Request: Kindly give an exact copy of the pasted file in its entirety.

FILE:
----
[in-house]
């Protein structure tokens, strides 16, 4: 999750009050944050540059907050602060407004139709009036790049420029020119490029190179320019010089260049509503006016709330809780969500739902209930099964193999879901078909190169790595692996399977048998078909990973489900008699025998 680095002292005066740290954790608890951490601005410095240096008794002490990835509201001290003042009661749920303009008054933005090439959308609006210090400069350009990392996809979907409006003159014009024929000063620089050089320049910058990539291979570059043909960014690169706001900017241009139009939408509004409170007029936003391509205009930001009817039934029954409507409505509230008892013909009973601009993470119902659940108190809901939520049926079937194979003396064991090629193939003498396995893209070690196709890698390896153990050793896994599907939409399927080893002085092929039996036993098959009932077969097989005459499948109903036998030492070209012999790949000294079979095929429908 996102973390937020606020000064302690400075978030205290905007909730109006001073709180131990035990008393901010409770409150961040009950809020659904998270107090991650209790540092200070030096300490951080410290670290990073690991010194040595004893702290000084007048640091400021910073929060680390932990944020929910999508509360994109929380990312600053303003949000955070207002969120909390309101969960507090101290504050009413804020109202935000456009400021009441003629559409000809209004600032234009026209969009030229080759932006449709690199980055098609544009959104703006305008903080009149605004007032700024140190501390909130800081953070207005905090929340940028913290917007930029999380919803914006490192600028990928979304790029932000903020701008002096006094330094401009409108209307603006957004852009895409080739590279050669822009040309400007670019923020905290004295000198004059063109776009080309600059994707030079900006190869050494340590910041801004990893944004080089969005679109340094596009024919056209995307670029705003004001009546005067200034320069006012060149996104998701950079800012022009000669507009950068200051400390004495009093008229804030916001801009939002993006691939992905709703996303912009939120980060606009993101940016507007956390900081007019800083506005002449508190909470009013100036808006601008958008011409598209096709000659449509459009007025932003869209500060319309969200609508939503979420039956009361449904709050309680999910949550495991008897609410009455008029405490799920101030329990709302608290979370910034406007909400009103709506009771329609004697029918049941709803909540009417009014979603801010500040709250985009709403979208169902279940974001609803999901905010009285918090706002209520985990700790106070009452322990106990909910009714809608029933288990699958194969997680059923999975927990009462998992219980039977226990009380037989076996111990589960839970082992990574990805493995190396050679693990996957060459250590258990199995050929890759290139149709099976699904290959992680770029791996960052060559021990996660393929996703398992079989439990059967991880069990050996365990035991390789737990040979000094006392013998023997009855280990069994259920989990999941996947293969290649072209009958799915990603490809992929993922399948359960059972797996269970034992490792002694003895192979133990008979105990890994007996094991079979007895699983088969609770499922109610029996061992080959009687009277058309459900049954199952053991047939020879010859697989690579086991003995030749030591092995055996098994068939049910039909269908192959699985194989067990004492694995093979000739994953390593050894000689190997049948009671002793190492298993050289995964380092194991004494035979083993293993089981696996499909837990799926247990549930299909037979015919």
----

[in-house]
């Protein structure tokens, strides 16, 4: 999750009050944050540059907050602060407004139709009036790049420029020119490029190179320019010089260049509503006016709330809780969500739902209930099964193999879901078909190169790595692996399977048998078909990973489900008699025998 680095002292005066740290954790608890951490601005410095240096008794002490990835509201001290003042009661749920303009008054933005090439959308609006210090400069350009990392996809979907409006003159014009024929000063620089050089320049910058990539291979570059043909960014690169706001900017241009139009939408509004409170007029936003391509205009930001009817039934029954409507409505509230008892013909009973601009993470119902659940108190809901939520049926079937194979003396064991090629193939003498396995893209070690196709890698390896153990050793896994599907939409399927080893002085092929039996036993098959009932077969097989005459499948109903036998030492070209012999790949000294079979095929429908 996102973390937020606020000064302690400075978030205290905007909730109006001073709180131990035990008393901010409770409150961040009950809020659904998270107090991650209790540092200070030096300490951080410290670290990073690991010194040595004893702290000084007048640091400021910073929060680390932990944020929910999508509360994109929380990312600053303003949000955070207002969120909390309101969960507090101290504050009413804020109202935000456009400021009441003629559409000809209004600032234009026209969009030229080759932006449709690199980055098609544009959104703006305008903080009149605004007032700024140190501390909130800081953070207005905090929340940028913290917007930029999380919803914006490192600028990928979304790029932000903020701008002096006094330094401009409108209307603006957004852009895409080739590279050669822009040309400007670019923020905290004295000198004059063109776009080309600059994707030079900006190869050494340590910041801004990893944004080089969005679109340094596009024919056209995307670029705003004001009546005067200034320069006012060149996104998701950079800012022009000669507009950068200051400390004495009093008229804030916001801009939002993006691939992905709703996303912009939120980060606009993101940016507007956390900081007019800083506005002449508190909470009013100036808006601008958008011409598209096709000659449509459009007025932003869209500060319309969200609508939503979420039956009361449904709050309680999910949550495991008897609410009455008029405490799920101030329990709302608290979370910034406007909400009103709506009771329609004697029918049941709803909540009417009014979603801010500040709250985009709403979208169902279940974001609803999901905010009285918090706002209520985990700790106070009452322990106990909910009714809608029933288990699958194969997680059923999975927990009462998992219980039977226990009380037989076996111990589960839970082992990574990805493995190396050679693990996957060459250590258990199995050929890759290139149709099976699904290959992680770029791996960052060559021990996660393929996703398992079989439990059967991880069990050996365990035991390789737990040979000094006392013998023997009855280990069994259920989990999941996947293969290649072209009958799915990603490809992929993922399948359960059972797996269970034992490792002694003895192979133990008979105990890994007996094991079979007895699983088969609770499922109610029996061992080959009687009277058309459900049954199952053991047939020879010859697989690579086991003995030749030591092995055996098994068939049910039909269908192959699985194989067990004492694995093979000739994953390593050894000689190997049948009671002793190492298993050289995964380092194991004494035979083993293993089981696996499909837990799926247990549930299909037979015919």